Style
Style

The final thing to take into consideration is what style of flooring you like and how it will look in your room considering the surround décor and theme.

Laminate flooring comes in many different styles and colours. You have the option to imitate natural woodgrains that come in different variations making it a good choice to match many different interior styles, from shabby chic and rustic to sophisticated and traditional.

If you already have plenty of furniture or an established interior décor theme, then you can go for neutral and minimalist laminate flooring colour and style that will have a less of a contrast and bring your existing décor into focus.

The life span of your laminate flooring may also depend on trends. If you have a keen eye for interiors and like to keep up with the latest fashions, you may feel like changing your flooring more frequently than the recommended 10 years. Fortunately, since laminate flooring is affordable such good value for money and is quick and easy to install, this often doesn’t present a problem.

Cost

The first thing to consider when shopping for any kind of flooring is what your budget will be. While, of course, everyone loves a bargain, finding the cheapest laminate flooring possible isn’t always going to be the best decision.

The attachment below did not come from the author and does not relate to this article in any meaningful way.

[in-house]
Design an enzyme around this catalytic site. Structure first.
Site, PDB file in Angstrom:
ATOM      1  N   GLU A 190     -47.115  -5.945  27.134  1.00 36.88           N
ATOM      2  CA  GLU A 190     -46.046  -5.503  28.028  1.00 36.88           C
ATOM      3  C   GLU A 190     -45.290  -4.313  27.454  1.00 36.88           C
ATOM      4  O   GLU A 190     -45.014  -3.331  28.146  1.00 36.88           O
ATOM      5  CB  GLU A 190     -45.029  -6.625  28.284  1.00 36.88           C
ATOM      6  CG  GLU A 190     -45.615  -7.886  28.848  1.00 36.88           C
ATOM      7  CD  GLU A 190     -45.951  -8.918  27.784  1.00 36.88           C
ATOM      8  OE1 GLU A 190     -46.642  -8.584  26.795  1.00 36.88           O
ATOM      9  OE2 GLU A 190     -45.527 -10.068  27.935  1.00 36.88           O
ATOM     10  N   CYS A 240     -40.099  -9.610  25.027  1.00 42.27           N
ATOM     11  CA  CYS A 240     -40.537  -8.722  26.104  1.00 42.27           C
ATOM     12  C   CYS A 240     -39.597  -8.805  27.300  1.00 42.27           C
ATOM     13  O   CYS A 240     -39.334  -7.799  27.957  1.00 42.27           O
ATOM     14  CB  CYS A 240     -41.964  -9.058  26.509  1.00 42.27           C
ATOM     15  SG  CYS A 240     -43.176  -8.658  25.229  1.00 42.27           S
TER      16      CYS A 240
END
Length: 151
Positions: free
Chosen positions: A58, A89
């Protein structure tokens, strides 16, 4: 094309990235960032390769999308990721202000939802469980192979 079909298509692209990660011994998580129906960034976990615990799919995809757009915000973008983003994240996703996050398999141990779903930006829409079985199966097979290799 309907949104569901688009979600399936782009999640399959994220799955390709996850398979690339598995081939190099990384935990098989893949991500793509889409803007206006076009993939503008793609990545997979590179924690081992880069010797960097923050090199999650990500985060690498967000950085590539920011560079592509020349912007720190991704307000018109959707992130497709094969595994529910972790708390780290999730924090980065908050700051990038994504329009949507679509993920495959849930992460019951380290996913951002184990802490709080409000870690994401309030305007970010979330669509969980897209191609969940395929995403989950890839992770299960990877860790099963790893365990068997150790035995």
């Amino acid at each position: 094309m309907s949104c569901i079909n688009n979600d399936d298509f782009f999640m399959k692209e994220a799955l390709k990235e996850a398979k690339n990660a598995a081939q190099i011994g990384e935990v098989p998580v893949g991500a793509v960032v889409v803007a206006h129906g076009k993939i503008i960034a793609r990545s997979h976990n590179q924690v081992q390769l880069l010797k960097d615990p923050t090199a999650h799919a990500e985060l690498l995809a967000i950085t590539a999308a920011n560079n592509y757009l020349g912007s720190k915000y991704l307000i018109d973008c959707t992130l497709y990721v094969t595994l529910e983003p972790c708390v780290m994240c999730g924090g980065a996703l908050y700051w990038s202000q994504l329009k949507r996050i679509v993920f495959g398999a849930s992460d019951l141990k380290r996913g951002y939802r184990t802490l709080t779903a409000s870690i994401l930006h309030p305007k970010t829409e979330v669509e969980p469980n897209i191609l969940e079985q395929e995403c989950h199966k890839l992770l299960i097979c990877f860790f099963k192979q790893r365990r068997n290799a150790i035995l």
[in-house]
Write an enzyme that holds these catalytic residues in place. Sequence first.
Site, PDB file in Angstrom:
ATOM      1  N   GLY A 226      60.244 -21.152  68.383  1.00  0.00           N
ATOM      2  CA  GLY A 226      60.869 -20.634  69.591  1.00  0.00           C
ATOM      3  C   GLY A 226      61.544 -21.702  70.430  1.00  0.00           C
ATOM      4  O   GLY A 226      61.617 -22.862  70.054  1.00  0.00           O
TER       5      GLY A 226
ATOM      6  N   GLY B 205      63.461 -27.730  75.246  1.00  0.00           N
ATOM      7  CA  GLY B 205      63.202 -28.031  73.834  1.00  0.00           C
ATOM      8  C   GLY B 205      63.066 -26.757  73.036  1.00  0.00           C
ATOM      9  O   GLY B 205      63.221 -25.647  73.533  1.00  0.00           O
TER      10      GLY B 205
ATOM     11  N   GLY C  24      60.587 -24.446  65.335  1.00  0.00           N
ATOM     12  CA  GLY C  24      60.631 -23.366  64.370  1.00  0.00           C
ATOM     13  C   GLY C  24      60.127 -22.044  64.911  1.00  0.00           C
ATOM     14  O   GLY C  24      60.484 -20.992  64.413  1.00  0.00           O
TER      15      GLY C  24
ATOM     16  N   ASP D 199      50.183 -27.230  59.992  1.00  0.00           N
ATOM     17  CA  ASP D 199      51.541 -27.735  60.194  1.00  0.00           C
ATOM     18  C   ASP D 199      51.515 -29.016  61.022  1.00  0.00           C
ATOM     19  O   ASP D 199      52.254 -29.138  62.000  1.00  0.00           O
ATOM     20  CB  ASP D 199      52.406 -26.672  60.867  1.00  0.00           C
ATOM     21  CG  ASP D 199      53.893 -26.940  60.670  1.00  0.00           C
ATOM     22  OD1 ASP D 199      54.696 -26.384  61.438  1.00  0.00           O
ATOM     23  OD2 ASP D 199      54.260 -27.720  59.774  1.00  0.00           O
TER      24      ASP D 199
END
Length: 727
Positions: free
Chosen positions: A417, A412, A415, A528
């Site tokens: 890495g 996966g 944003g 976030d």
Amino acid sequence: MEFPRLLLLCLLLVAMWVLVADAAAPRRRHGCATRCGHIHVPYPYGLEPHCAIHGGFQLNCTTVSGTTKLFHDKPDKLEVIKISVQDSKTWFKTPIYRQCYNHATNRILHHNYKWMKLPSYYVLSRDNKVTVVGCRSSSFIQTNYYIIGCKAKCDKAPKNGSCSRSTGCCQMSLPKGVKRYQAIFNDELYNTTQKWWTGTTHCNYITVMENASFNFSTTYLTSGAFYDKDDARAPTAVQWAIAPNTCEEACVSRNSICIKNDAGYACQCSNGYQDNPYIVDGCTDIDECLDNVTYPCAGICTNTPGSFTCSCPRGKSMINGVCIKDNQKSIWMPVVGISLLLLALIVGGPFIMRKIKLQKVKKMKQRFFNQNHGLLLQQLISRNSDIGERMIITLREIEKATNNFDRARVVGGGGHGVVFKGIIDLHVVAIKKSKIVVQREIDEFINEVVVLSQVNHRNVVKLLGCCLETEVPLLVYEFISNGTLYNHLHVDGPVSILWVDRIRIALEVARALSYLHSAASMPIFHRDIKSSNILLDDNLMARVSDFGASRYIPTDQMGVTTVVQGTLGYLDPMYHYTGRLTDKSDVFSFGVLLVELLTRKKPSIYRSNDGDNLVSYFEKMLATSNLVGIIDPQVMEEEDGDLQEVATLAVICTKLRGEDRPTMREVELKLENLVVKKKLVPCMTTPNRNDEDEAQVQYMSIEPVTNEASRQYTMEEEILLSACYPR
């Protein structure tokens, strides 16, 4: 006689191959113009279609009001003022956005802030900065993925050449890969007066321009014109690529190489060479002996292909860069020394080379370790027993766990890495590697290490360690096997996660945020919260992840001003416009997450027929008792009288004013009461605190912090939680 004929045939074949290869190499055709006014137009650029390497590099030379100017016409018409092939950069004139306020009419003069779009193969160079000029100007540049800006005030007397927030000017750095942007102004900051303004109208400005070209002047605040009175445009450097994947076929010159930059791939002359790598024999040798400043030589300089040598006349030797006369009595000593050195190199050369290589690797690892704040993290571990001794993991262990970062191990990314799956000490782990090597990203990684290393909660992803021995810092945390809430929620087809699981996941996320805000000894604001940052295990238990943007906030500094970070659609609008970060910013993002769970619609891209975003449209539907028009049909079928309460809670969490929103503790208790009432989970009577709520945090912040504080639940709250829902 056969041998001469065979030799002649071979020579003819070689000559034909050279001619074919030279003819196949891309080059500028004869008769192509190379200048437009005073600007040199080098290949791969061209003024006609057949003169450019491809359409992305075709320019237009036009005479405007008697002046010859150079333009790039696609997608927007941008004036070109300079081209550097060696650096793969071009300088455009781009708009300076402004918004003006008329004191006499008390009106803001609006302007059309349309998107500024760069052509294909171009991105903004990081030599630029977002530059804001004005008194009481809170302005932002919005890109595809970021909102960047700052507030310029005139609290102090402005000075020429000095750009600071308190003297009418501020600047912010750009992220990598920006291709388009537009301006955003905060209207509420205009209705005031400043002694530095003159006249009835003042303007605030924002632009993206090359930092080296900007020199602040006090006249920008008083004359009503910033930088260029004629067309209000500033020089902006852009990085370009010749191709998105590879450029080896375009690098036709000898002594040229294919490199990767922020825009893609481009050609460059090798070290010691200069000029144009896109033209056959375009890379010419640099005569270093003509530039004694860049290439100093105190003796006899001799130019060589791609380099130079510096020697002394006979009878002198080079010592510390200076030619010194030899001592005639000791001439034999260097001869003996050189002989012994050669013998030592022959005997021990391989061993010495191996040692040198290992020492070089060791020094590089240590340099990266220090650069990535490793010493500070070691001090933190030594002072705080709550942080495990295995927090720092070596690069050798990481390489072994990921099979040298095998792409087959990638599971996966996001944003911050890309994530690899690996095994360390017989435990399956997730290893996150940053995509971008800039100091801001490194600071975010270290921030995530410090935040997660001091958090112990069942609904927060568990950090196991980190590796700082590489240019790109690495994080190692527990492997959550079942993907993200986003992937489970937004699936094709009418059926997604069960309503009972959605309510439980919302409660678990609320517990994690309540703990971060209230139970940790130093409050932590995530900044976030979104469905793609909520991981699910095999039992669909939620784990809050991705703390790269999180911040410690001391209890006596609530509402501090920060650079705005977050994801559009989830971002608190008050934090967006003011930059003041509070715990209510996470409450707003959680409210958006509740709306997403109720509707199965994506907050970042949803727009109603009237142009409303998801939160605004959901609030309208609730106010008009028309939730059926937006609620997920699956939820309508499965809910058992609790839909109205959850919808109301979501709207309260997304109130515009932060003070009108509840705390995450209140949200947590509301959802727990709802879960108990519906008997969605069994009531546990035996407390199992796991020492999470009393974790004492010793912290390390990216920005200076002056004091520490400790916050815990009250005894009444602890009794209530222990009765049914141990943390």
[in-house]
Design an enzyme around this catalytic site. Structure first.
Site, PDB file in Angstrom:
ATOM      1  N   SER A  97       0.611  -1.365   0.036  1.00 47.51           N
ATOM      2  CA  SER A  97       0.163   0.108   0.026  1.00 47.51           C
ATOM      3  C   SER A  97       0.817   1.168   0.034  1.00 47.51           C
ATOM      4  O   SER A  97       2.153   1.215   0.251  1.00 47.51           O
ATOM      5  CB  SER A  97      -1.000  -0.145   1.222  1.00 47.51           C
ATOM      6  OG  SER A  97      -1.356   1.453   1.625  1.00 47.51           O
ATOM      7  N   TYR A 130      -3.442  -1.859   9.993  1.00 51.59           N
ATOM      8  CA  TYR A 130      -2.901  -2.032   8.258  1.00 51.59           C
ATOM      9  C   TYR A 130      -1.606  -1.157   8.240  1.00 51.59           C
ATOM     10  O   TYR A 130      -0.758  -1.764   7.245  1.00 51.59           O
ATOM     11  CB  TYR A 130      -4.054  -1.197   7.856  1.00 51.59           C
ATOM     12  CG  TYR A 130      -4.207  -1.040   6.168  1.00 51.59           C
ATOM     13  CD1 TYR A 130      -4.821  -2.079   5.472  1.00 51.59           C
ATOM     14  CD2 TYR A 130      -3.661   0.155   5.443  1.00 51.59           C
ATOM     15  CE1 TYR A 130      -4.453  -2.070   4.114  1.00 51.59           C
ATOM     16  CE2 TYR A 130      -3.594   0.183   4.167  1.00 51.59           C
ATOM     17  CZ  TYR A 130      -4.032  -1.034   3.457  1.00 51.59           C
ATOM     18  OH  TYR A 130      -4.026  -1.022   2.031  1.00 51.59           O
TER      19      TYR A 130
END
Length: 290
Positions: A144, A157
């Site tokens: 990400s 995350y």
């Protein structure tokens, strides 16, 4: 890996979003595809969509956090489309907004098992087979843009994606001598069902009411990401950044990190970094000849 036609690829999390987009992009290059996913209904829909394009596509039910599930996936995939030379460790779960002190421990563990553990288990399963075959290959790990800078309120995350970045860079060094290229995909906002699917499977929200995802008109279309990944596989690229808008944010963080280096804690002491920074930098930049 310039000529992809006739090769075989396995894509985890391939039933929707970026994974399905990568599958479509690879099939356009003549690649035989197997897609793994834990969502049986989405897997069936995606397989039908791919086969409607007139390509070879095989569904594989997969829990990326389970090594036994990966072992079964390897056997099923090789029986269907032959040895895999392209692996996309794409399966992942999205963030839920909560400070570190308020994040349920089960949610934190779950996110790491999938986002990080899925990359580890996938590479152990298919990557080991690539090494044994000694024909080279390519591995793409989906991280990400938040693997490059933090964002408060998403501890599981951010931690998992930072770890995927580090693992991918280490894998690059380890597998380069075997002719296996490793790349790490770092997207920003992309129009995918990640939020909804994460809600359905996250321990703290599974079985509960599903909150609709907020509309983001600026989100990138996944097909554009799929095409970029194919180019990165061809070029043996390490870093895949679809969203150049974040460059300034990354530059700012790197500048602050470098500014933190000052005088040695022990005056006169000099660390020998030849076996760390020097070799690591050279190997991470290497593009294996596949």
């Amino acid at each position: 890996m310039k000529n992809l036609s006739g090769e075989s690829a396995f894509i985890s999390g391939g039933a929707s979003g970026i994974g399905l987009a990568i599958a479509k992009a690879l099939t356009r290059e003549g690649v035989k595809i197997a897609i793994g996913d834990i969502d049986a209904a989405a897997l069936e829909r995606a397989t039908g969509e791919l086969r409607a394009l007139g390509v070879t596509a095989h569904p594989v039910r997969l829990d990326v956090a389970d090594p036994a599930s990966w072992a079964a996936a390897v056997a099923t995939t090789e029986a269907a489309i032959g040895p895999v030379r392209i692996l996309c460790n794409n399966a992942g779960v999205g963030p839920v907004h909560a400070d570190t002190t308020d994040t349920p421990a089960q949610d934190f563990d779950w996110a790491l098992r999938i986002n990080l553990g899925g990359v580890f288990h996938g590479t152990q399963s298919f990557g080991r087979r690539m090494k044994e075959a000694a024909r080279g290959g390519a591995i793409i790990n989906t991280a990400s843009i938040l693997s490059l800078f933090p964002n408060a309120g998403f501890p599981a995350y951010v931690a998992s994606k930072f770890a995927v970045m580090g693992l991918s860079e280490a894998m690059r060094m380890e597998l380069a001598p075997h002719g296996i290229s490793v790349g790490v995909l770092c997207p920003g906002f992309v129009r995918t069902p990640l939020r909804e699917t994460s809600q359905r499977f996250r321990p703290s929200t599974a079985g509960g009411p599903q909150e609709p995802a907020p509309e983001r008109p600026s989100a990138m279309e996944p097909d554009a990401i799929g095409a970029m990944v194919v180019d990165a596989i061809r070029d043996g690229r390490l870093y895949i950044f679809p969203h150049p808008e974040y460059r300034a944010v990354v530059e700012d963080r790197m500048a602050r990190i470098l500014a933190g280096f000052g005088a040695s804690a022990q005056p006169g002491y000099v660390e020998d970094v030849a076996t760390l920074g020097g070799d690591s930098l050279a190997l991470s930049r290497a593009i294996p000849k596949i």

The quality of your flooring is often reflected in the price you pay. Sourcing laminate flooring that is far below the usual high street prices means that you’re often going to get something that’s far poorer quality than you expect. Compromising on the quality of your floor, something that you walk on and see every single day, isn’t worth it to save a few pennies.

The pricing of laminate flooring will depend on the style you’re looking at and the durability. It’s likely that a cheaper flooring will get damaged more quickly or won’t fit your needs, so make sure that your budget is sensible when looking for laminate.

If you’re looking forcheap laminate flooring that’s good quality and value for money, then you’re not too far away.